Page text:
- When eating or drinking in public at a restaurant, bar, or other food or beverage establishment;
- While in a place of worship. Places of worship are strongly encouraged to follow the health guidelines in paragraph 3 of Governor Lee’s Executive Order No. 38, issued on May 22, 2020; and
- While in a building or indoor space owned, managed, or leased by the State of Tennessee or federal government.
The mask mandate was approved unanimously at a special-called Health Department meeting last Friday due to "emergency circumstances" in the rise of COVID-19 cases.
Davidson County is one of six Tennessee counties that has its own health department separate from the state, which is why it has the authority to put such a policy in place.
“We are in Phase 3 of our reopening, we want to keep moving forward and not backwards. Texas and Florida regressed in their reopening plans, we don't want that to happen in Nashville, and making masks mandatory will help us prevent that," added Jahangir.
The Metro Public Health Department is giving out free masks from 9 a.m. to 3 p.m. at the Lentz Public Health Center.
MORE TENNESSEE COVID-19 COVERAGE
- September 29 COVID-19 update: 879 new cases, 31 additional deaths in Tennessee
- Nashville moving to Phase 3 on Oct. 1; what you need to know
- Nashville's mask mandate now in effect; here's what you need to know
- MNPS will continue virtual learning until fall break
- Mayor John Cooper announces four-phase plan to reopen Nashville
- COVID-19 assessment centers open in Nashville
- Donate to the COVID-19 Middle Tennessee Emergency Response Fund
COUNTY-BY-COUNTY CASES IN TENNESSEE
What is COVID-19 (a.k.a. the new coronavirus?)
According to the World Health Organization, coronaviruses (CoV) are a large family of viruses that cause illness ranging from the common cold to more severe diseases. Examples include the Middle East Respiratory Syndrome (MERS-CoV) and Severe Acute Respiratory Syndrome (SARS-CoV). A novel coronavirus (nCoV) is a new strain that has not been previously identified in humans. COVID-19 stands for "Coronavirus disease 2019," which is when this strain of the coronavirus was discovered.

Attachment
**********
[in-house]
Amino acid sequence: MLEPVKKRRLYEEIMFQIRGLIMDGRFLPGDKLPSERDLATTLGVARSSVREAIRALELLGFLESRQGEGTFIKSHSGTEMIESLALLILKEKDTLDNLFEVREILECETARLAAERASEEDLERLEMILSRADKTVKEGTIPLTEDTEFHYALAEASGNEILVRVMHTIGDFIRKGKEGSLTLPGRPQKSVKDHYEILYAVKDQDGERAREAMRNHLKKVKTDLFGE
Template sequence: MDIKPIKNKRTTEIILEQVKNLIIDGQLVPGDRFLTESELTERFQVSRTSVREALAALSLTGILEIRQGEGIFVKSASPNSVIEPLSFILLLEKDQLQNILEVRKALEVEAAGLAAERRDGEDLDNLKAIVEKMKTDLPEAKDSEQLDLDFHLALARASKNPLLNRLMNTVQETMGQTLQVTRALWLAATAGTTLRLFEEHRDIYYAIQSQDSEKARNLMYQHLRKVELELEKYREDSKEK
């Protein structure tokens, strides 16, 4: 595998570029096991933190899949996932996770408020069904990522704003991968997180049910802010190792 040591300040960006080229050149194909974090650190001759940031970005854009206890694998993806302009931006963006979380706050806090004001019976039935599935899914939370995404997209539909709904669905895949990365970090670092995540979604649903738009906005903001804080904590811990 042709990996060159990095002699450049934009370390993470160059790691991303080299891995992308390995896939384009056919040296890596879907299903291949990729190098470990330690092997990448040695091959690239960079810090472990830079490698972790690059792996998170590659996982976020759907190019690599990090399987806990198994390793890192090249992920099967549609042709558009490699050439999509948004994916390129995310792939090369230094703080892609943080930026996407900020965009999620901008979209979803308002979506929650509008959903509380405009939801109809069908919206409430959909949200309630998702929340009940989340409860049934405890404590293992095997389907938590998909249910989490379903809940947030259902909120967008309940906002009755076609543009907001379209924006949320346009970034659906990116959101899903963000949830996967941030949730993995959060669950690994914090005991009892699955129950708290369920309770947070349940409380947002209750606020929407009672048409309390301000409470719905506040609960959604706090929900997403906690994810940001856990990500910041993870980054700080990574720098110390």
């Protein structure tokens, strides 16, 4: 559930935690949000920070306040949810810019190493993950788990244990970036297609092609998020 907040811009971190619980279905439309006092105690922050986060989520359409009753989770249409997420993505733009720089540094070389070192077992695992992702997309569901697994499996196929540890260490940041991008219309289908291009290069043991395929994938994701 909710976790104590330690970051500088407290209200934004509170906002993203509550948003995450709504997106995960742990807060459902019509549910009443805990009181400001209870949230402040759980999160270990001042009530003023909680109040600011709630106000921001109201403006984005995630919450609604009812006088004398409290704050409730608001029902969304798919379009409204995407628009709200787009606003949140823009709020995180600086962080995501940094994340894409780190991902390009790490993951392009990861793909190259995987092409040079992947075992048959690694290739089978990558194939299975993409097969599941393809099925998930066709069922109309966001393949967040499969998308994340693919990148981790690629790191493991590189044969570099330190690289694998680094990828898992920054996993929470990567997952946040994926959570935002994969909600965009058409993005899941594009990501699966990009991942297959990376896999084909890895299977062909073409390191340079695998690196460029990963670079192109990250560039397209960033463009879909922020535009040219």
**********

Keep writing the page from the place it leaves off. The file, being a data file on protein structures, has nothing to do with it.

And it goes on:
What are the symptoms?
The CDC says patients confirmed to have the 2019-nCoV reportedly had mild to severe respiratory illness with:
- Shortness of breath or difficulty breathing
Or at least two of the following symptoms:
- Repeated shaking with chills
- Muscle pain
- Sore throat
- New loss of taste or smell
At this time, the CDC believes symptoms could appear as soon as two days after exposure, or as long as 14 days.
The CDC is recommending "common sense" measures such as:
- Wash your hands often with soap and water for at least 20 seconds. If soap and water are not available, use an alcohol-based hand sanitizer.
- Avoid touching your eyes, nose, and mouth with unwashed hands.
- Avoid close contact with people who are sick.
- Stay home when you are sick.
- Cover your mouth and nose with a cloth face cover when around others.
- Cover your cough or sneeze with a tissue, then throw the tissue in the trash.
- Clean and disinfect frequently touched objects and surfaces.